Getting a Grip on US customs

As a first time international buyer, you may overlook US customs. Communication is so comfortable with your manufacturer that you feel like you have a great grasp on the order. You certainly wouldn't expect to be left in the dark for something as important as: 'your items have been refused entry' or 'the customs tax on this container of sneakers is 48%'. However, from the viewpoint of the manufacturer, once the order has left their hands, their job is done. Keep reading to get a handle on what you need to know.

How much duty / tax will my order incur? 

In many cases, your supplier will tell you what customs category your product falls under. Ask them what HTS code they use. 
Pro tip: If the duty on their HTS code is high, it's worth double checking for yourself on the HTS website if perhaps your product could fit under a different category. 

What documents will I need?

This depends on what shipping method you choose. Click here for more info on shipping options.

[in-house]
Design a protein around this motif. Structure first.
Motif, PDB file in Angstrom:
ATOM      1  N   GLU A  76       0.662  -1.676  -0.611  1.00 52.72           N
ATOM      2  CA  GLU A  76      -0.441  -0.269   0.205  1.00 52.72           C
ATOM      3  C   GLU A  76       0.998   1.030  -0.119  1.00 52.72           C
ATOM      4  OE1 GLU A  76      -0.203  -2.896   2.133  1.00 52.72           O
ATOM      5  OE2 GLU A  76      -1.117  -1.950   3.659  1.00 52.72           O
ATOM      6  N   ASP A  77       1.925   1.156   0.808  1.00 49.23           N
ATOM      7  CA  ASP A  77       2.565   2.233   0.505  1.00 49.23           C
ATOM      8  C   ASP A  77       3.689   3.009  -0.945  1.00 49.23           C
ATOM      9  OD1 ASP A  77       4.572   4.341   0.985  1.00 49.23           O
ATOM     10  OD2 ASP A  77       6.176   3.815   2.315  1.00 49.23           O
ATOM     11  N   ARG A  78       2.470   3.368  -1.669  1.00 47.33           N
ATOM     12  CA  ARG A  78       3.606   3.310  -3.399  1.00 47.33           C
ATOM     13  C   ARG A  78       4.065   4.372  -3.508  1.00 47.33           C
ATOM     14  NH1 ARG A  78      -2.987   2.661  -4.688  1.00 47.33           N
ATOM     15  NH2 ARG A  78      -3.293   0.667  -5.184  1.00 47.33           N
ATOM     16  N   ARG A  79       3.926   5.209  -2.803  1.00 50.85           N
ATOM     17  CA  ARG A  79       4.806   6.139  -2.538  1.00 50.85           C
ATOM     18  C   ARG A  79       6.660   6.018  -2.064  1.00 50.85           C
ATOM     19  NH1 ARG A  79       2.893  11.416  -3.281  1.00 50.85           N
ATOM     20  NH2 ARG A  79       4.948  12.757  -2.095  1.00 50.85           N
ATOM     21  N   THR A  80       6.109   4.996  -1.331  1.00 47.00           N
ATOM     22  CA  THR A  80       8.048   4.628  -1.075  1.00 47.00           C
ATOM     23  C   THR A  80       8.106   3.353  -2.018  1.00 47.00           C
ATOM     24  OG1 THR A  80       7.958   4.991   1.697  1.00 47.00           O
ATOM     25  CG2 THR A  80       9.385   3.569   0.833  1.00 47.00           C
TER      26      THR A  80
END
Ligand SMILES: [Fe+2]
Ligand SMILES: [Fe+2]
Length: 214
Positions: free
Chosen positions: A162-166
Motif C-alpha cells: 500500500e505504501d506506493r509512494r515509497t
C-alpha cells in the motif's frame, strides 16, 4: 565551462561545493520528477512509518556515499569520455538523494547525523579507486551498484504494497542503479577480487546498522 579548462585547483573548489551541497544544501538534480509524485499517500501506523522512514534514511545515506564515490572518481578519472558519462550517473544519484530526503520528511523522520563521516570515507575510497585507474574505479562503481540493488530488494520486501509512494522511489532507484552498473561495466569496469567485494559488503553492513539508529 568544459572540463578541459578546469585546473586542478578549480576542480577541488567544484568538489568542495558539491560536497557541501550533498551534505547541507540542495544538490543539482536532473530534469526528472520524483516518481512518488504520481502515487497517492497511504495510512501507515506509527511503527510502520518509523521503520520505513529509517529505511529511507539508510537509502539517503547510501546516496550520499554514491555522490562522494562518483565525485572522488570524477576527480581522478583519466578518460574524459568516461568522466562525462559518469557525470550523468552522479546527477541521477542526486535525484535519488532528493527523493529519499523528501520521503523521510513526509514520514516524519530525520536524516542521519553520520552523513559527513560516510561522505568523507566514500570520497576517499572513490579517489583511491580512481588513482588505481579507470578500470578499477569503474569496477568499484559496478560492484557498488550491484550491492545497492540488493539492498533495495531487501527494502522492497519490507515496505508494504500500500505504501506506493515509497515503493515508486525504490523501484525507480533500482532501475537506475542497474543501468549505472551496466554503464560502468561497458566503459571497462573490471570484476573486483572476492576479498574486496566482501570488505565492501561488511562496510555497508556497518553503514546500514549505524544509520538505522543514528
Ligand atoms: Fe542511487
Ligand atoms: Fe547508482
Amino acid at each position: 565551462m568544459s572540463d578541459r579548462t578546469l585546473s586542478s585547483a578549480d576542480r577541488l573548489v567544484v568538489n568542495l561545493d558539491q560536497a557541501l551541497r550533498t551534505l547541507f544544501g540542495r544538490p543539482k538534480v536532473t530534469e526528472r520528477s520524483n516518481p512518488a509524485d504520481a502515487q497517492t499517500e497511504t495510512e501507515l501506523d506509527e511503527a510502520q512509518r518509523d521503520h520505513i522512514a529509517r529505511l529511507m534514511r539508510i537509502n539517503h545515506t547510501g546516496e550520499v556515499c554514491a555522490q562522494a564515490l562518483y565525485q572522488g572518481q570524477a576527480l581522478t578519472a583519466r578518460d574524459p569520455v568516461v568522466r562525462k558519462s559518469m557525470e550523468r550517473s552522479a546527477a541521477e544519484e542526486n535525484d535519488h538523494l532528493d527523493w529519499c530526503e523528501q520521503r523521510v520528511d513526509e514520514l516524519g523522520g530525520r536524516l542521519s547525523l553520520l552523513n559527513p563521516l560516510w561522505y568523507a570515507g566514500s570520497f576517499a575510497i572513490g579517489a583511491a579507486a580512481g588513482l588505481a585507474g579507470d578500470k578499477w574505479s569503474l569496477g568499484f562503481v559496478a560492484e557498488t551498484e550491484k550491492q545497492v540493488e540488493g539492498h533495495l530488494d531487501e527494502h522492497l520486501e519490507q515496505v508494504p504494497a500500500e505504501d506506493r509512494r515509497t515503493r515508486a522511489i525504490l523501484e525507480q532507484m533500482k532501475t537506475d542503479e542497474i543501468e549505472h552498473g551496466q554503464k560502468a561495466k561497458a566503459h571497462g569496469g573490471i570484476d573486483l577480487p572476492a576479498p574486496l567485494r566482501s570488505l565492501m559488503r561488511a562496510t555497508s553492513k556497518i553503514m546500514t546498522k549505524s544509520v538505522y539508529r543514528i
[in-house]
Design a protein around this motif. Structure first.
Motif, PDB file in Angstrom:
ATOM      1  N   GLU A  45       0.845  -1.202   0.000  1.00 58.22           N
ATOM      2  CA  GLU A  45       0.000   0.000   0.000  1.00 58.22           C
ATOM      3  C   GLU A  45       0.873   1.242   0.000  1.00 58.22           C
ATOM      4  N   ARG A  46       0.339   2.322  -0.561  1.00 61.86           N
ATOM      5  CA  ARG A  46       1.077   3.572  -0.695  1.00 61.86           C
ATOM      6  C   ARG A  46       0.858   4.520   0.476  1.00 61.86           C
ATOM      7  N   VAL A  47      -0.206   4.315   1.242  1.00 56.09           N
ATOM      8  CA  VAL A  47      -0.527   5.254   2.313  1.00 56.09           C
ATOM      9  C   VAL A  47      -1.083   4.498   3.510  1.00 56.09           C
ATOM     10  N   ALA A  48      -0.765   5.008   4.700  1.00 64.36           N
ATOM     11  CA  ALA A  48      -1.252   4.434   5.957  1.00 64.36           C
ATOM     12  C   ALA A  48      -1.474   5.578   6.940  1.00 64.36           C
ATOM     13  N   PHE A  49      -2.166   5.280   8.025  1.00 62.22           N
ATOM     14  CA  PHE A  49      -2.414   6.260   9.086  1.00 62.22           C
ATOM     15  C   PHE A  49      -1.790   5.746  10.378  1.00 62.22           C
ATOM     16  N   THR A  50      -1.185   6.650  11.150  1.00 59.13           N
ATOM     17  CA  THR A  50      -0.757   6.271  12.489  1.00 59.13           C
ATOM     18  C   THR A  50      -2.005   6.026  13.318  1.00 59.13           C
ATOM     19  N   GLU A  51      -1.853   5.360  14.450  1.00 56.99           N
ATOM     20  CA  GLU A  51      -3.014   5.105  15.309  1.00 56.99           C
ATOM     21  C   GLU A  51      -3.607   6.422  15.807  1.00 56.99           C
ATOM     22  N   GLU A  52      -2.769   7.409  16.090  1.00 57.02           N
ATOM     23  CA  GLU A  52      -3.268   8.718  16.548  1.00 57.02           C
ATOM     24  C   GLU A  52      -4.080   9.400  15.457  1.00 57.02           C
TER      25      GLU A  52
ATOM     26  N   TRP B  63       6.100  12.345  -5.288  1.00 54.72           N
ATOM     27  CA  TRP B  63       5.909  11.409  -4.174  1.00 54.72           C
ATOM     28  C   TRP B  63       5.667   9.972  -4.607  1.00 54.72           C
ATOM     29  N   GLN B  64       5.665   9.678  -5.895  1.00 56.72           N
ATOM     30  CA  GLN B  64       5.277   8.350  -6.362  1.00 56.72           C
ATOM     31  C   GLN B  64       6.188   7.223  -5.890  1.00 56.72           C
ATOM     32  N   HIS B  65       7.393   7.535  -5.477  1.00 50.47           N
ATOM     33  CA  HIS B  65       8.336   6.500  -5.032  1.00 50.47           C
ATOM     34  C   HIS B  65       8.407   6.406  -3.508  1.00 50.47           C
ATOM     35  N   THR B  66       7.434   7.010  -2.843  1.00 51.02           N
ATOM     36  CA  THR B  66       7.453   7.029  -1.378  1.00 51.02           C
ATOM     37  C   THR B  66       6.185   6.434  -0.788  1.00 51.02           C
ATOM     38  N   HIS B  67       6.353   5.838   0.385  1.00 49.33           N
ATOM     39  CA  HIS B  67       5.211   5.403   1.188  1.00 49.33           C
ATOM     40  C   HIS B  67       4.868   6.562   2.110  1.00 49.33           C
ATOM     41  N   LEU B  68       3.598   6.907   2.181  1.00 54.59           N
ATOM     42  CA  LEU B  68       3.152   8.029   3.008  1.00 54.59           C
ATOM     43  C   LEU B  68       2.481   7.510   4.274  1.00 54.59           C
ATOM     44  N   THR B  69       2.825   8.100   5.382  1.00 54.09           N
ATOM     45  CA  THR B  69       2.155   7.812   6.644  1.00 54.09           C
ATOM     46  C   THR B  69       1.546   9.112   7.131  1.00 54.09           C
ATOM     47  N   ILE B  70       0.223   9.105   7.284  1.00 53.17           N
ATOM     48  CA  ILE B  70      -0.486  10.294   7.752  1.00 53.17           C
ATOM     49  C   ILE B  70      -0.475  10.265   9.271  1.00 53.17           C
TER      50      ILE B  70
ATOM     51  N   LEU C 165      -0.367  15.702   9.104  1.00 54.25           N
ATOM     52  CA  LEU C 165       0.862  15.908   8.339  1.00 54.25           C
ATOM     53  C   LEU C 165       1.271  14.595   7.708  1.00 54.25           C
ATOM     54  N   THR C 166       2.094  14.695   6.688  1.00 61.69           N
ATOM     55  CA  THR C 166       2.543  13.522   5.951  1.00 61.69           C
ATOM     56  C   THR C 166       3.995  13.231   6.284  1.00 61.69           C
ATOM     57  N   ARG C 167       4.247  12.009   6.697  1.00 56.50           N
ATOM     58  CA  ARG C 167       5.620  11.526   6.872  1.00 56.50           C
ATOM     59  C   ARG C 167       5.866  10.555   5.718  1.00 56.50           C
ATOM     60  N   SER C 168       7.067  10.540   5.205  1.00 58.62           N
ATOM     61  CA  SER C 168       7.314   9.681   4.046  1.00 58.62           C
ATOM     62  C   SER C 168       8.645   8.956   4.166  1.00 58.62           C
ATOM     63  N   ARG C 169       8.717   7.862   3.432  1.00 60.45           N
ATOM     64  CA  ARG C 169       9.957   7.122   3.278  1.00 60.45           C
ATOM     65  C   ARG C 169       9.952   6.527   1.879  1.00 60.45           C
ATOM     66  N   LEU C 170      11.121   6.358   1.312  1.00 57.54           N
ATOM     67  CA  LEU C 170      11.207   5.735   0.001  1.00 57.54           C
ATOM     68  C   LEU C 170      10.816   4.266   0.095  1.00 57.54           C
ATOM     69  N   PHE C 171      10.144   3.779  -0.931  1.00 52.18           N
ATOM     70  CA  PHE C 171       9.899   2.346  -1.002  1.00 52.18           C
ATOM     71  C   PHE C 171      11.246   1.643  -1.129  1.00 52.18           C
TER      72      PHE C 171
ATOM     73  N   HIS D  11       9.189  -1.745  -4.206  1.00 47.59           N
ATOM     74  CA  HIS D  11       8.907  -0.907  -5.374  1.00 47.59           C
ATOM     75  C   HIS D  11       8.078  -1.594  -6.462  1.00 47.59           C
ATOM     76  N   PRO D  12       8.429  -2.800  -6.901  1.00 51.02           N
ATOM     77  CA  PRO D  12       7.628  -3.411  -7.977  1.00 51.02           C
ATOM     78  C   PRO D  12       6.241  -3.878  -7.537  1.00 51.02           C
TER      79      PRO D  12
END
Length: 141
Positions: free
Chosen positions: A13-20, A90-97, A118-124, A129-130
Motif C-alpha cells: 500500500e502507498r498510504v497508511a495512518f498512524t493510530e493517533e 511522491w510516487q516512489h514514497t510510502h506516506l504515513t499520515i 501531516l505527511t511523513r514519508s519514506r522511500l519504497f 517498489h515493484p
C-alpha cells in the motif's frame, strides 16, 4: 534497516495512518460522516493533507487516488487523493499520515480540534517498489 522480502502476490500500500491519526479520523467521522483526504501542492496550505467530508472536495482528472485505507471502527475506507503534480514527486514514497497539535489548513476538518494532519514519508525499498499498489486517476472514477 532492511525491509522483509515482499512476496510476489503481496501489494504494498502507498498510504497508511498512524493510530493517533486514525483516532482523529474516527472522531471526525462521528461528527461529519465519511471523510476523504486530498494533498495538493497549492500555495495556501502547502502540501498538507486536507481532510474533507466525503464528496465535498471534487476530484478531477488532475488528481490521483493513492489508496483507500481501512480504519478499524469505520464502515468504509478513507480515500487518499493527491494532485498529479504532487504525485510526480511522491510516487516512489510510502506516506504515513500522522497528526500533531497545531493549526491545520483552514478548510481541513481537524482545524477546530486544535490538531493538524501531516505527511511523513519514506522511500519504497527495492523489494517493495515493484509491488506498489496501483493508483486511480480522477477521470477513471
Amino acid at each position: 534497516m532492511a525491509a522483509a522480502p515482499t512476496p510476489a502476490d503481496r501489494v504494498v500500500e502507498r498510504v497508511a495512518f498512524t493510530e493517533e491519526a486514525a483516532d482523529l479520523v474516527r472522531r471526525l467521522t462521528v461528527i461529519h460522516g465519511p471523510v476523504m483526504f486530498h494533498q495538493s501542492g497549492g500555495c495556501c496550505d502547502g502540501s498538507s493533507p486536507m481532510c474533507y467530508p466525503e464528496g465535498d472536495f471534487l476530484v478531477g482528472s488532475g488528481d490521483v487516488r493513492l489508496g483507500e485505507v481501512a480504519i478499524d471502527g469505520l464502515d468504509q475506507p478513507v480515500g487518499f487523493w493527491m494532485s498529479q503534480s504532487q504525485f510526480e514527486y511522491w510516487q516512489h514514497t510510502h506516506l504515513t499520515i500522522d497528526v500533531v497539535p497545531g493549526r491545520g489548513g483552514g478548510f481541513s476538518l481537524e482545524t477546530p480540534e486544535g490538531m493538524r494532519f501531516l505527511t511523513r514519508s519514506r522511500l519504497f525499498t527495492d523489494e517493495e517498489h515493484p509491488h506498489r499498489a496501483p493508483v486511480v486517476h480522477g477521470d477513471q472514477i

For ocean shipments you'll need: 
1. Commercial Invoice - ask the supplier
2. Bill of Lading - ask the supplier
3. Importer Security Filing Information (ISF) - ask the supplier
4. Arrival notice - ask the freight forwarder

For air shipments you will need:
1. Commercial Invoice - ask the supplier
2. Airway Bill - ask the freight forwarder

Do I need a customs broker?

In short, yes, yes you do. Customs brokers will do all the heavy lifting once your shipment arrives. After you've found a local one that you like, you can ask them to estimate the costs involved in your order, including Merchandise Processing Fees, Harbor Maintenance Fees, etc...). 
Pro tip: You can also ask them to quote for a delivery to your warehouse as they usually have good relationships with ground transportation companies.

Unless your order is under $2,500, you will need a customs bond. Customs brokers can help you get one, either a single entry or a continuous entry bond to cover future shipments over the course of a year. You'll have to provide verification of your tax ID number and identity, and sign a Power of Attorney to allow them to purchase the bond on your behalf.

What else do I need to do?

Hand in all the documents to your customs broker and follow their guidance in regards to your specific order. Depending on location, size of the order and the contents, your customs broker will let you know if you need anything else. The sooner that you get in touch with a customs broker, the better off you'll be.